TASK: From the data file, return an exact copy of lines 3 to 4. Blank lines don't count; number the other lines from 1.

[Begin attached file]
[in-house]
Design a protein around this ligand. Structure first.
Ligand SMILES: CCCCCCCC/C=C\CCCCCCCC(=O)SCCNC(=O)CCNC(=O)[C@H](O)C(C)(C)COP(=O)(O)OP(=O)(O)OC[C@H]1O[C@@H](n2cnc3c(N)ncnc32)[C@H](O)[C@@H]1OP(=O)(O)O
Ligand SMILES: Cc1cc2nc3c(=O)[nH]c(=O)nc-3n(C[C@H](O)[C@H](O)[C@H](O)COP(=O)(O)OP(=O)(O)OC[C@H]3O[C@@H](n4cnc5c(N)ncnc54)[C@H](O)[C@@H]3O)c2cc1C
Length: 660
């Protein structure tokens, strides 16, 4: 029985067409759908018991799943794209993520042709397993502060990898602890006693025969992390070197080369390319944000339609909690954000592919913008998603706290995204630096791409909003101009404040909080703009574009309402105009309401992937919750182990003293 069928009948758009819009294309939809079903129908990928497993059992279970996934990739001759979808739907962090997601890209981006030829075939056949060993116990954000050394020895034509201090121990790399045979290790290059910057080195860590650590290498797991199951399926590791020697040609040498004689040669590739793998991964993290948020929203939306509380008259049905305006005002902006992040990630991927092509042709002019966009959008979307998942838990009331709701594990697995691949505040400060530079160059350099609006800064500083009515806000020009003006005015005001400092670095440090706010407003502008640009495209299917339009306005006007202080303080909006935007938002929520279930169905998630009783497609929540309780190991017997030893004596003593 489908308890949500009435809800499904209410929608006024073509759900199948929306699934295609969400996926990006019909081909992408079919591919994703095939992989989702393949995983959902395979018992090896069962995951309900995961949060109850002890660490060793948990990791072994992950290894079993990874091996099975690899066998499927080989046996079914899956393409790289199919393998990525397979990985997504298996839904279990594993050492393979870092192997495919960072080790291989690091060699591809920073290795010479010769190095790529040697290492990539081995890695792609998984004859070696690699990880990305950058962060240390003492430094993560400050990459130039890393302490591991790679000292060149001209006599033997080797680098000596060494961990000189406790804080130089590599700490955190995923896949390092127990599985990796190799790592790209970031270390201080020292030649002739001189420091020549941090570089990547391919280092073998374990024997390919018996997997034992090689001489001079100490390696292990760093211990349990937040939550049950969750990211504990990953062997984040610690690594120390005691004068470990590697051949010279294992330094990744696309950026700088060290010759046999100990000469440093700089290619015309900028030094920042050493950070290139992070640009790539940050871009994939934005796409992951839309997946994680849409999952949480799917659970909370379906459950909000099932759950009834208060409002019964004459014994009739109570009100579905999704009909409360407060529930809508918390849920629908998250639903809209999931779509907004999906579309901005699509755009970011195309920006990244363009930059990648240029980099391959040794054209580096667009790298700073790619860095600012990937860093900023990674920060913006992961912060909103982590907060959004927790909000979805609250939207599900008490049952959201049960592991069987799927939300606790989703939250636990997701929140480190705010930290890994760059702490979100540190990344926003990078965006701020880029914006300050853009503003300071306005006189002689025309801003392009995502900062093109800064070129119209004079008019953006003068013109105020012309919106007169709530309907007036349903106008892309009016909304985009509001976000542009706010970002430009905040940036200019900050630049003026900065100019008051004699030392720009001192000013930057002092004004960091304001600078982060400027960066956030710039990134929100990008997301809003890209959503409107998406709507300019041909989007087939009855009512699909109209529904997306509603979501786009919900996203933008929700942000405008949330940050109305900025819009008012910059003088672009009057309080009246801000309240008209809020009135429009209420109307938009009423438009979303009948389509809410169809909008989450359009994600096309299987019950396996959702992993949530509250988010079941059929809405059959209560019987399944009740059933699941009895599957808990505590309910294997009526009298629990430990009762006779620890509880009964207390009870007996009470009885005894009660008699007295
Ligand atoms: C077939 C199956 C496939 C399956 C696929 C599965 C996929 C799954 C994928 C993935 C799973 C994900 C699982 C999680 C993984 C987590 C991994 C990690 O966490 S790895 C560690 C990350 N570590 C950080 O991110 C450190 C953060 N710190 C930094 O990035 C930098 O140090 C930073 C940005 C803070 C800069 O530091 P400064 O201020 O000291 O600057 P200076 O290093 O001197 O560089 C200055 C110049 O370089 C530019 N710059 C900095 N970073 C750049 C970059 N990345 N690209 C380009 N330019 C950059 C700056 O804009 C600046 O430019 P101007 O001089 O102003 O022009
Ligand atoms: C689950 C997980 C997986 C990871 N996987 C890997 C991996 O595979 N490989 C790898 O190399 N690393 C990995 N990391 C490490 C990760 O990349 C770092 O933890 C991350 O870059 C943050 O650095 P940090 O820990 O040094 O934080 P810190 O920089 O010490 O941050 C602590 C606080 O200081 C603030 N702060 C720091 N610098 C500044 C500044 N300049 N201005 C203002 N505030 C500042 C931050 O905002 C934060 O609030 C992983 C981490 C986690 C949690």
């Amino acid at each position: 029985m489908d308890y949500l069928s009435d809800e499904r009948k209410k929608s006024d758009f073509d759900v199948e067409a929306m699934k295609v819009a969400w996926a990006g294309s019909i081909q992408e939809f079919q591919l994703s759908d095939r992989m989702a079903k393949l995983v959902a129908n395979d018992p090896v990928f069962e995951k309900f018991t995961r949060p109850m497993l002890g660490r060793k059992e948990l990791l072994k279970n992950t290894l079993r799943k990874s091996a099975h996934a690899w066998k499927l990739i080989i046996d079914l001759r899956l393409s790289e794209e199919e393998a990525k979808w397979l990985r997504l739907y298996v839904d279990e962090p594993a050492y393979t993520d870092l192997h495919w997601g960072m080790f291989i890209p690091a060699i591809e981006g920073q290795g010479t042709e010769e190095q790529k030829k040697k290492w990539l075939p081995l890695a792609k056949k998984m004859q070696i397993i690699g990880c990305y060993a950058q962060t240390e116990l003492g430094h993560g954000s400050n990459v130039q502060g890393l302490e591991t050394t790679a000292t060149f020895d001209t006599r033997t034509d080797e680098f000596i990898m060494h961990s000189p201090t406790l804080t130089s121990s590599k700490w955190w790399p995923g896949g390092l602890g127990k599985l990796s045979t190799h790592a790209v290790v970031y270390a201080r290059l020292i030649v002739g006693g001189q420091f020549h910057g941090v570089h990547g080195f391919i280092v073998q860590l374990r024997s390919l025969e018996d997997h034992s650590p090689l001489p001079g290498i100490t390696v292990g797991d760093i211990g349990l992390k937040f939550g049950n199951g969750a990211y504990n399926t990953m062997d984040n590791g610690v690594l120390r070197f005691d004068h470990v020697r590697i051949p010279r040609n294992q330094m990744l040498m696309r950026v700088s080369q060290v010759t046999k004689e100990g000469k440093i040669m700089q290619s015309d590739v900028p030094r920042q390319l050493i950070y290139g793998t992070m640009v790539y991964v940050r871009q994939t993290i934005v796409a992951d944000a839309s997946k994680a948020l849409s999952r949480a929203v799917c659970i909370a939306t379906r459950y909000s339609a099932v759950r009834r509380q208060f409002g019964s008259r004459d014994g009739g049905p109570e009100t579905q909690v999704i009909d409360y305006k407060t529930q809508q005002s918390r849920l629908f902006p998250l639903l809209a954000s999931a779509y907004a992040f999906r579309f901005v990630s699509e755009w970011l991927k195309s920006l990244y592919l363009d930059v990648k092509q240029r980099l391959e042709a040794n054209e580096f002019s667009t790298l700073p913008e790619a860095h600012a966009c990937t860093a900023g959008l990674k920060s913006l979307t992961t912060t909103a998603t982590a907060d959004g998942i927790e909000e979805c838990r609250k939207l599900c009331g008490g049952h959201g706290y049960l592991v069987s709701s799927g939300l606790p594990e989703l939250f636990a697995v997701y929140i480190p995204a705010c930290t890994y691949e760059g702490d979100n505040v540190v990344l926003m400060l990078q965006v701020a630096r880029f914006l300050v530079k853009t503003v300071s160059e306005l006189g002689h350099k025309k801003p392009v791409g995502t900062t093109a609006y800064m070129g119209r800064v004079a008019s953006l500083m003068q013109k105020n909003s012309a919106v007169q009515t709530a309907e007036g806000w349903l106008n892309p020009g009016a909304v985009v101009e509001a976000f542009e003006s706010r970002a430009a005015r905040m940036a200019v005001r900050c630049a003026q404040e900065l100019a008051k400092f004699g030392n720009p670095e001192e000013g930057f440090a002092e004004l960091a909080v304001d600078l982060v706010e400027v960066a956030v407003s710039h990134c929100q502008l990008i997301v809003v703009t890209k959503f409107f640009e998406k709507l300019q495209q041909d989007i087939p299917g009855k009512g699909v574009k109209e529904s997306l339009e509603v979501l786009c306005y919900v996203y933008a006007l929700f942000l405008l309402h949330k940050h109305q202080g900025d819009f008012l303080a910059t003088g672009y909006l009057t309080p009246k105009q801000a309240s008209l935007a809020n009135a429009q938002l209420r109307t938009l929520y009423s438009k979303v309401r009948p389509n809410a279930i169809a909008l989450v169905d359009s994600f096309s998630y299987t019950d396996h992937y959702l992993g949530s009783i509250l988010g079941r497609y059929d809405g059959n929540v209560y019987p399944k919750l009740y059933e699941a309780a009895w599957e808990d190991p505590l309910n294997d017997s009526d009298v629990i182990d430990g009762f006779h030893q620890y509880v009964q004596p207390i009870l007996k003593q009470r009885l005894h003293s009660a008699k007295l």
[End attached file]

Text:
Ligand SMILES: CCCCCCCC/C=C\CCCCCCCC(=O)SCCNC(=O)CCNC(=O)[C@H](O)C(C)(C)COP(=O)(O)OP(=O)(O)OC[C@H]1O[C@@H](n2cnc3c(N)ncnc32)[C@H](O)[C@@H]1OP(=O)(O)O
Ligand SMILES: Cc1cc2nc3c(=O)[nH]c(=O)nc-3n(C[C@H](O)[C@H](O)[C@H](O)COP(=O)(O)OP(=O)(O)OC[C@H]3O[C@@H](n4cnc5c(N)ncnc54)[C@H](O)[C@@H]3O)c2cc1C